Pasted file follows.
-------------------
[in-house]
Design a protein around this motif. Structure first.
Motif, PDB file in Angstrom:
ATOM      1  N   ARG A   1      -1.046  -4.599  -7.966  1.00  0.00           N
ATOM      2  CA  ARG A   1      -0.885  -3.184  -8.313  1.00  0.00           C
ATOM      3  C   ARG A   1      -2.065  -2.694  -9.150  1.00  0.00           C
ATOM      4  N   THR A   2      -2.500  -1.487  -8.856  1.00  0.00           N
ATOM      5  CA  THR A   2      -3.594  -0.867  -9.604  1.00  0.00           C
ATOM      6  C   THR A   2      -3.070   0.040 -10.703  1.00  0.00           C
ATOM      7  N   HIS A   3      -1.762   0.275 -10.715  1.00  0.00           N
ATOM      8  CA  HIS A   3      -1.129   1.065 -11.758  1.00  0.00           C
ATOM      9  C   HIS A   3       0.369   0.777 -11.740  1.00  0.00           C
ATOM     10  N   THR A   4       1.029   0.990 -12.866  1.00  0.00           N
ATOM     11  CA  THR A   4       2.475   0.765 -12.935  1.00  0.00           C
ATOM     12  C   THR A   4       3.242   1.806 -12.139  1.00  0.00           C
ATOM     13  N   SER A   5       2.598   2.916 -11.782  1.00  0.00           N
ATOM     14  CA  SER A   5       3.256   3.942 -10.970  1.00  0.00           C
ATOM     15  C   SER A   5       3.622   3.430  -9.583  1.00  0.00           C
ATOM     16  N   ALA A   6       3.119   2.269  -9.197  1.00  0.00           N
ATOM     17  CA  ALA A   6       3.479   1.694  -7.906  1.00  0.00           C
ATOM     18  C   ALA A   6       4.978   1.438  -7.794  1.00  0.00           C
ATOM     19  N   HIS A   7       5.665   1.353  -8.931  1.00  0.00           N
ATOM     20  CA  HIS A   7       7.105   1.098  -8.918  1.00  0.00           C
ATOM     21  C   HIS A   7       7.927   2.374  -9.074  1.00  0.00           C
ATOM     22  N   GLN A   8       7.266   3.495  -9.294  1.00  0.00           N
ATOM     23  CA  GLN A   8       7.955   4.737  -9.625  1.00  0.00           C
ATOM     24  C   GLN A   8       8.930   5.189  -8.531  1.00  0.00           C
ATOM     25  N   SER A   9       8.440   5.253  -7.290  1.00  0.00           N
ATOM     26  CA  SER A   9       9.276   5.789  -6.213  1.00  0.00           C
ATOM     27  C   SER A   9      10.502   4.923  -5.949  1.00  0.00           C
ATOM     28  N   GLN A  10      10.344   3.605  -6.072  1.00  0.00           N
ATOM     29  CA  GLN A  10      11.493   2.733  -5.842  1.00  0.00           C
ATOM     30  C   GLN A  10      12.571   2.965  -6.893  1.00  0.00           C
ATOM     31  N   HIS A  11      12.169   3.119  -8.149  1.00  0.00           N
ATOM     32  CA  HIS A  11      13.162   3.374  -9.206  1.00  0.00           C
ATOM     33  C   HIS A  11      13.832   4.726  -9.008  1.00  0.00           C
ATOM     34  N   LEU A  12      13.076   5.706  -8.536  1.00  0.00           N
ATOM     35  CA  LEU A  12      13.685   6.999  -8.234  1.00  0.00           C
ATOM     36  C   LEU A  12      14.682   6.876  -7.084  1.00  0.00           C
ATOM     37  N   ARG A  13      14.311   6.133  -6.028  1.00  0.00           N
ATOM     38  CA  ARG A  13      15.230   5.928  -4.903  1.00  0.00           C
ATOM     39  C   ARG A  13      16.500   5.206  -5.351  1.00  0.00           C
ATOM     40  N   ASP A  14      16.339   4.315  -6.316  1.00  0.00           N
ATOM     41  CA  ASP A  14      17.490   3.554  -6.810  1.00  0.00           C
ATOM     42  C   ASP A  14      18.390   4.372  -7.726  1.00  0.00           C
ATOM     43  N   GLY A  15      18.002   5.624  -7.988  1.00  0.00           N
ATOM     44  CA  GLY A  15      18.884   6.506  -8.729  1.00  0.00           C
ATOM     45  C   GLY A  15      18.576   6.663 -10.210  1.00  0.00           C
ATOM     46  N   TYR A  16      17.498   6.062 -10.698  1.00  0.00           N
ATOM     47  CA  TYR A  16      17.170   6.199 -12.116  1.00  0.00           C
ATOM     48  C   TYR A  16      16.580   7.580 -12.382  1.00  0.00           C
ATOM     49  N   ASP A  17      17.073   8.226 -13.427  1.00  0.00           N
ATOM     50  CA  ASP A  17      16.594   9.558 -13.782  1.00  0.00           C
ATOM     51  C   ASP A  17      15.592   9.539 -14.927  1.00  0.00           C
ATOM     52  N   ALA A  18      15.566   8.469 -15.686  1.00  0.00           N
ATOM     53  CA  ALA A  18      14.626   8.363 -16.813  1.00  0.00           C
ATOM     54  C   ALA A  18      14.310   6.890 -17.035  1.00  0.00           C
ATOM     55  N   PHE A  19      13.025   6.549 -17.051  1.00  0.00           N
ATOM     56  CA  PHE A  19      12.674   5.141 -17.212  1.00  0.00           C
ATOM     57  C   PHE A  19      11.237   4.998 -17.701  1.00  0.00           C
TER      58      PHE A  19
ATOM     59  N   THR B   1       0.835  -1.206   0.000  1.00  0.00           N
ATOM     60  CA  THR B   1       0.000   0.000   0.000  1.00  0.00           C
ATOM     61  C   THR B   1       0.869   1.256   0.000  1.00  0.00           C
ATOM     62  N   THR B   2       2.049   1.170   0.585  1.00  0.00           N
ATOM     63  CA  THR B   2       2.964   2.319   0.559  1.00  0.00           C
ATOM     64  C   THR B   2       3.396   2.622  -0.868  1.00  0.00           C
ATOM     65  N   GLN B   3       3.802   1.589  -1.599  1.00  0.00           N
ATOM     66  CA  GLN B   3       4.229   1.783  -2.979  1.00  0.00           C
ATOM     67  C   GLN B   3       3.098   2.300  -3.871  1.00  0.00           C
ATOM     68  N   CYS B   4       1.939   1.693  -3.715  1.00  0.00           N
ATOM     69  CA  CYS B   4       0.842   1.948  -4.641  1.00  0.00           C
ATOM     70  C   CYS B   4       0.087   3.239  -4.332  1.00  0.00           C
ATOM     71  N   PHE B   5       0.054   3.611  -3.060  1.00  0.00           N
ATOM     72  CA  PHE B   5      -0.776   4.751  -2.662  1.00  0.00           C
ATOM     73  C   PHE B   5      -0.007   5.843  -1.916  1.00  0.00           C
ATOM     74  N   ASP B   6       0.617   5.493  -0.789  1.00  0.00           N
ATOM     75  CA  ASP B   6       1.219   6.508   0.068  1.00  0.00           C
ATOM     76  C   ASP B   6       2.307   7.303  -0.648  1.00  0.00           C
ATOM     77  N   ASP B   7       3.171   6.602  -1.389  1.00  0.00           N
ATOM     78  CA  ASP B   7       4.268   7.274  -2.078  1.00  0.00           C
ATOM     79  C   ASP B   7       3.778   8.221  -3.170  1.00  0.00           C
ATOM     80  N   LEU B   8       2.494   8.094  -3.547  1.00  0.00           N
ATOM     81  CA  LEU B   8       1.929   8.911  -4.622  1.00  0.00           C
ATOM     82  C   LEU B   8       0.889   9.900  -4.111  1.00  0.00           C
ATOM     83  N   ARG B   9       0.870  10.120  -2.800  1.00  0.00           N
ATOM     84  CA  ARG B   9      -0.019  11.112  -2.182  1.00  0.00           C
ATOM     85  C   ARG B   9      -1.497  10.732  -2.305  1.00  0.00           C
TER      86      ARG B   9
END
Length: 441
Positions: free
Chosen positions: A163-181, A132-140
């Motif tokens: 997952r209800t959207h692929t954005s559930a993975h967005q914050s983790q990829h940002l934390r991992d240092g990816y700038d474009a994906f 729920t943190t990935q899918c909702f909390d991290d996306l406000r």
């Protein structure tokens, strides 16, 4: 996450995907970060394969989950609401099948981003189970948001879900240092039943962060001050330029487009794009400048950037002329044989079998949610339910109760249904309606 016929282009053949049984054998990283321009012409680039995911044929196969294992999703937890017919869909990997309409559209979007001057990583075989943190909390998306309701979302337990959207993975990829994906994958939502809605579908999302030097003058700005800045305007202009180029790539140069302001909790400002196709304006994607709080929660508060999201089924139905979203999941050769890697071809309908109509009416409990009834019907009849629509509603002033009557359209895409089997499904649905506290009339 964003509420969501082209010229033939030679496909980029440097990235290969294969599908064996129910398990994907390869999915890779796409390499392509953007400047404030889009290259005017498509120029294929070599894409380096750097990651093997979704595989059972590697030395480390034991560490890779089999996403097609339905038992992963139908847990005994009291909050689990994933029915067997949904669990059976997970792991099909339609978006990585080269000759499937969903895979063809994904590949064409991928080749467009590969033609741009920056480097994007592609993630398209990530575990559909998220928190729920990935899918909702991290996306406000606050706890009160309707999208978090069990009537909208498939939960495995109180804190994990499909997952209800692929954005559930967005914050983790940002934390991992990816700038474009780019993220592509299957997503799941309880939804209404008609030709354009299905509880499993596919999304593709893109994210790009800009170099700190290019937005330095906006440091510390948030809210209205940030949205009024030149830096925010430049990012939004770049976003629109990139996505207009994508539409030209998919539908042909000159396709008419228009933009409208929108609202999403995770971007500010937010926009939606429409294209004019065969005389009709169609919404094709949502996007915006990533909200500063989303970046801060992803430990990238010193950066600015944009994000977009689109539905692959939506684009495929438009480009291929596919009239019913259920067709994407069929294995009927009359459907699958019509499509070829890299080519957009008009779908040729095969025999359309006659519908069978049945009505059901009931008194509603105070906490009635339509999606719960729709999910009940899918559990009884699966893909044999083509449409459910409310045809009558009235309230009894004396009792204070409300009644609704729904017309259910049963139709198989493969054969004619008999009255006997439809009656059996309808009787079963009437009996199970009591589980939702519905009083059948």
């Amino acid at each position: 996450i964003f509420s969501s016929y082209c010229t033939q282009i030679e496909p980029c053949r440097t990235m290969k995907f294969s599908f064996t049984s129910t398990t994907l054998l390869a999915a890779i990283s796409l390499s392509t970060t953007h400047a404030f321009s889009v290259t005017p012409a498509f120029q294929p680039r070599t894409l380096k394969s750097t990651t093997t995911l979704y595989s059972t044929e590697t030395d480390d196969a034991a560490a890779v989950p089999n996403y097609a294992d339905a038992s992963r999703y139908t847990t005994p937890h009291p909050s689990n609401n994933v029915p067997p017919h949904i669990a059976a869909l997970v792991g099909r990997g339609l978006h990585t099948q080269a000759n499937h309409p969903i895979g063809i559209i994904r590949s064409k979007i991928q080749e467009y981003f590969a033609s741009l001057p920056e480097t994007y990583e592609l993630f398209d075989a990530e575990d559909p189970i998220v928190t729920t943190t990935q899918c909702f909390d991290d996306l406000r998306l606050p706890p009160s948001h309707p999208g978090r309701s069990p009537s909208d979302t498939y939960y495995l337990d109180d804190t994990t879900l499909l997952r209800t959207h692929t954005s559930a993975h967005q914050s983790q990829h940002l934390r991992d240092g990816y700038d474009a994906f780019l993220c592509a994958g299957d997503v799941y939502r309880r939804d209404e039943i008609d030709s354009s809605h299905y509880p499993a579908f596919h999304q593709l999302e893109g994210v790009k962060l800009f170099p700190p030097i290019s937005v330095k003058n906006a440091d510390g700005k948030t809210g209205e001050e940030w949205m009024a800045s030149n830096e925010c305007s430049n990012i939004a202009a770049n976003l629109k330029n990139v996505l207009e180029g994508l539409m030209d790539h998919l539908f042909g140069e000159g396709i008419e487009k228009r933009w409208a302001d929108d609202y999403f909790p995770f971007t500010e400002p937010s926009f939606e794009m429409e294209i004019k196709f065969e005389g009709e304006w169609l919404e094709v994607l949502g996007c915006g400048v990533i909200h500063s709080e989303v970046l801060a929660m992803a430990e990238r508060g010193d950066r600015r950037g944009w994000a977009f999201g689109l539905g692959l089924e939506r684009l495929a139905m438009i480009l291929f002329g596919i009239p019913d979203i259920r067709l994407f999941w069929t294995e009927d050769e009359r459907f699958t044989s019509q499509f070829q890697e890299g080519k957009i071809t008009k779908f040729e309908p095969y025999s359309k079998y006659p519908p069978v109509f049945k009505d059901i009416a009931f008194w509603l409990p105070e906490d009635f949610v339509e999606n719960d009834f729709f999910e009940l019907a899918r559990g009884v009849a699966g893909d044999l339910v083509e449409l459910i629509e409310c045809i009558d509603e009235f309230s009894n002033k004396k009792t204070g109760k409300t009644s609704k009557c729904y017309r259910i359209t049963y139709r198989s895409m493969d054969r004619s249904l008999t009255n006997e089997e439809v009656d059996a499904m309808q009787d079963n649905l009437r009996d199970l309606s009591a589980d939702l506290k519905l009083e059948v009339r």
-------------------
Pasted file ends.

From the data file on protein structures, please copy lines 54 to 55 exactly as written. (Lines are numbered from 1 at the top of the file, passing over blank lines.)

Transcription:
ATOM     51  C   ASP A  17      15.592   9.539 -14.927  1.00  0.00           C
ATOM     52  N   ALA A  18      15.566   8.469 -15.686  1.00  0.00           N